Designer Spotlight: Sandy Powell

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This post is even shorter again than the last; I had planned to post it in February but completely forgot to finish it, so it’s a little slapdash. It’s also formatted a little differently and I’ve left out so many of the films I’ve seen that she’s worked on, because I got a bit overwhelmed.

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The third post in my ‘Designer Spotlight’ series is focused on Sandy Powell OBE. Born in 1960, Powell is a British costume designer who has won three Academy Awards (for Shakespeare in Love, The Aviator and The Young Victoria) and worked with directors such as Derek Jarman (Caravaggio is her first film credit), Martin Scorsese and Todd Haynes.

Like Colleen Atwood, Powell often collaborates with one of my favourite directors – this time, with Todd Haynes. She designed the costumes for one of my all-time favourite movies, Velvet Goldmine, a glam-rock faux biopic which marries the career of David Bowie with the narrative structure of Citizen Kane. Naturally, the costumes are a vital element of the film, aiding in the construction of the central character Brian Slade and all those around him.

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This is my absolute favourite costume of the entire film. It’s like a fop and a glam-rock star had a baby. The contrasting textures and competing patterns should be overwhelming but they’re tied together with the colour palette, lilac being used as an anchor throughout. You can see the costume in action in this video.

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The feathered neck piece is so dramatic, which works perfectly for this scene: the ‘death’ of Brian Slade, which turns out to be a hoax. The silver bodysuit is the perfect colour to show up the bright red blood.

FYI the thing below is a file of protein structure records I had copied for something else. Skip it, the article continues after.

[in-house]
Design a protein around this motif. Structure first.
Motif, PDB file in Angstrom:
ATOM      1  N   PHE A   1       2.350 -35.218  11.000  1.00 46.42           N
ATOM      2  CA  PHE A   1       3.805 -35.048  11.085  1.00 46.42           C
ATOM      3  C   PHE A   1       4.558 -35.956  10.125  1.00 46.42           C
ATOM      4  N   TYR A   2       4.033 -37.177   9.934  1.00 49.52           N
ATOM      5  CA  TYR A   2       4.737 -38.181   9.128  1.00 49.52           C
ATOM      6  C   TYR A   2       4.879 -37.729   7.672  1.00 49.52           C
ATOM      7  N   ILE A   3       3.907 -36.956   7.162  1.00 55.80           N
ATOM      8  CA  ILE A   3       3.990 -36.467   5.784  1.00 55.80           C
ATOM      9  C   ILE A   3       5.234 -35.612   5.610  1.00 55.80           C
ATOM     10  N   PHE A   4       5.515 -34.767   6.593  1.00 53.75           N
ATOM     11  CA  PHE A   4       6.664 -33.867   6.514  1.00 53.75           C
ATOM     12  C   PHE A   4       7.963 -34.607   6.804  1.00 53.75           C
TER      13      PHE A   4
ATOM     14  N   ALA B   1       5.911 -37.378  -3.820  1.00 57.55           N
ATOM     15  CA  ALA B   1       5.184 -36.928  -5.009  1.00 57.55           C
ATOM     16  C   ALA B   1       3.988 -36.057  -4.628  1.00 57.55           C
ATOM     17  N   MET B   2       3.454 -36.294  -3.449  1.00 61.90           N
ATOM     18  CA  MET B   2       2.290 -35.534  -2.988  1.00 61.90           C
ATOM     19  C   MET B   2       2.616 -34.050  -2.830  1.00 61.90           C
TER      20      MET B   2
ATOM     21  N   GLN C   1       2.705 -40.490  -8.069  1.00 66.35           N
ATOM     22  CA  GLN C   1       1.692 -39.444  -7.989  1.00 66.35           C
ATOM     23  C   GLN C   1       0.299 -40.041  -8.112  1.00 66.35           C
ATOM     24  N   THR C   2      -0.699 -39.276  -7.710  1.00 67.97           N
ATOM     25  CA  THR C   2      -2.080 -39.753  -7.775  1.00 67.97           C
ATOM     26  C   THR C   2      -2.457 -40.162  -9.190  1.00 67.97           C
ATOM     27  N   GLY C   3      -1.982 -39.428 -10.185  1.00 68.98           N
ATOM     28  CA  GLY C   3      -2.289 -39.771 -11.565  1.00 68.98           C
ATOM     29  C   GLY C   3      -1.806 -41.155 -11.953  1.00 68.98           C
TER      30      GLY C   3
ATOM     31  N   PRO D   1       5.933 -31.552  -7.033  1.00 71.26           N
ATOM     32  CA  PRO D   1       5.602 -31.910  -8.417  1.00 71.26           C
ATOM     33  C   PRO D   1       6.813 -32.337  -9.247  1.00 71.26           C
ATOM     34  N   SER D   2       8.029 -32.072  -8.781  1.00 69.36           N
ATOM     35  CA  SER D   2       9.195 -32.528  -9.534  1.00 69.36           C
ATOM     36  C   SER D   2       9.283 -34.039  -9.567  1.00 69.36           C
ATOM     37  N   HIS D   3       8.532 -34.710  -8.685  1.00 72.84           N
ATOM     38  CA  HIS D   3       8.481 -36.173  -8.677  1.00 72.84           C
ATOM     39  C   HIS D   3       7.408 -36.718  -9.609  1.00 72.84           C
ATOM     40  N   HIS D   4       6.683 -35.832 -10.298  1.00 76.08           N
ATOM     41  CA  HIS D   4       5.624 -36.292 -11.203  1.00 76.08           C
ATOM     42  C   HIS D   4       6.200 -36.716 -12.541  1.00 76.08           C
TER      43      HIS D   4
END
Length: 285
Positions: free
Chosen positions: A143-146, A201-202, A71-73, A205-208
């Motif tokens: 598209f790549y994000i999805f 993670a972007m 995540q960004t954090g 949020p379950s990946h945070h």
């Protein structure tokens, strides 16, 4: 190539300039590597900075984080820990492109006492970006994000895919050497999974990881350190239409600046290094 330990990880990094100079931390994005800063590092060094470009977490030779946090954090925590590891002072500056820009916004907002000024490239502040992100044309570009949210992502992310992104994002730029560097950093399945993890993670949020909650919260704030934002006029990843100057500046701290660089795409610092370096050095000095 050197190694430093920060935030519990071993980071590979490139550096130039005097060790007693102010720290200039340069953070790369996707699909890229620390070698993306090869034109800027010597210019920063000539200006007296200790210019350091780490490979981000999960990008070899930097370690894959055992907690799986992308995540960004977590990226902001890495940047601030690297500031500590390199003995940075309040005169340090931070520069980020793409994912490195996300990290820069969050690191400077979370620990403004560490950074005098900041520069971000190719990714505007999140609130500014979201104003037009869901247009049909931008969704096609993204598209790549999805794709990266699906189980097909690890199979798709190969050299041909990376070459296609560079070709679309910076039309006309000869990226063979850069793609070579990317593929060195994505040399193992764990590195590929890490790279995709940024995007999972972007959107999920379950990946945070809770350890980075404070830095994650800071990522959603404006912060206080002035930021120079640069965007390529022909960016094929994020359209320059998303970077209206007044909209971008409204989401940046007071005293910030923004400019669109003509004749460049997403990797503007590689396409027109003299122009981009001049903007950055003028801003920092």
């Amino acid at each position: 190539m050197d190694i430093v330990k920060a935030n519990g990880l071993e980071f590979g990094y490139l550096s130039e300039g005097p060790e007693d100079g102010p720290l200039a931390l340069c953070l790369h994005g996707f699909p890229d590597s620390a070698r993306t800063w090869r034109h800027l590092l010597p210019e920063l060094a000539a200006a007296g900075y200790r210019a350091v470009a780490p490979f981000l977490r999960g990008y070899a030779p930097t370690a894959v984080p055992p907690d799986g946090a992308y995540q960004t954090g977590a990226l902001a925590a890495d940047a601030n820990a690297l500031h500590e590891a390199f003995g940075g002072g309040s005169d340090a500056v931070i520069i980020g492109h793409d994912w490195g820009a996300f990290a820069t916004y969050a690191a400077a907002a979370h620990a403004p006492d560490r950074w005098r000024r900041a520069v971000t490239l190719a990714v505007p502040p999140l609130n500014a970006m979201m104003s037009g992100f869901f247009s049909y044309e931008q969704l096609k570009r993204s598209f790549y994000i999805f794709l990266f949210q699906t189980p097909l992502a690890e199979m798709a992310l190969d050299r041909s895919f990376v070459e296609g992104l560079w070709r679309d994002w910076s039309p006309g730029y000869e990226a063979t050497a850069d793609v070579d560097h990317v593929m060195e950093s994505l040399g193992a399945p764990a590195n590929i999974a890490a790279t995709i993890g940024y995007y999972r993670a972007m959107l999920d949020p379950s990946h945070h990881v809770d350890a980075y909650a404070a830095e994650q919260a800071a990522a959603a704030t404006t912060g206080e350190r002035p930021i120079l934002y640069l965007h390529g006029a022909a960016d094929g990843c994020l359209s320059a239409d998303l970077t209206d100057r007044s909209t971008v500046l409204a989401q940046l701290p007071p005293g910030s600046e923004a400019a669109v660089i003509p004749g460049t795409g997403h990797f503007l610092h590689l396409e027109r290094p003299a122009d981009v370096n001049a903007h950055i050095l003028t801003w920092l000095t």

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Again, the contrasting textures are eye-catching and the costume recalls 18th and 19th century men’s fashions.

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This scene is a lot of fun and there are so many fabulous costumes in it. Mandy’s dress in the first screencap above is easily my favourite: I love all the colours, the oversized hat and the gorgeous platform sandals.

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I love how everyone in Brian’s entourage sort of has a theme with their costumes. Mandy has her leopard print for one, seen here in this magnificent skirt suit.

I apologise for the quality of the Velvet Goldmine screencaps. I have a really old copy of the movie and the resolution is clearly not that great.

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Designer Spotlight: Colleen Atwood

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Time for the (very overdue) second post in my designer spotlight series! This time I am focusing on Colleen Atwood. It was hard not to just post costumes from all the Tim Burton films she’s worked on, because their collaborations are always stunning, but I managed to pick just two Burton films for this post. I’ve mostly looked at one costume per film to keep it brief(ish). This post will be just as picture heavy, but may be a little lighter on text than the last one as I’m very tired today.

titleColleen Atwood, b. 1948 in Washington, has been working in movies since the early 1980s. She has been nominated eleven times for an Academy Award and has won three times, including for Chicago (2002), which is one of my personal favourites. Her filmography is extensive and includes many of my favourite film costume moments.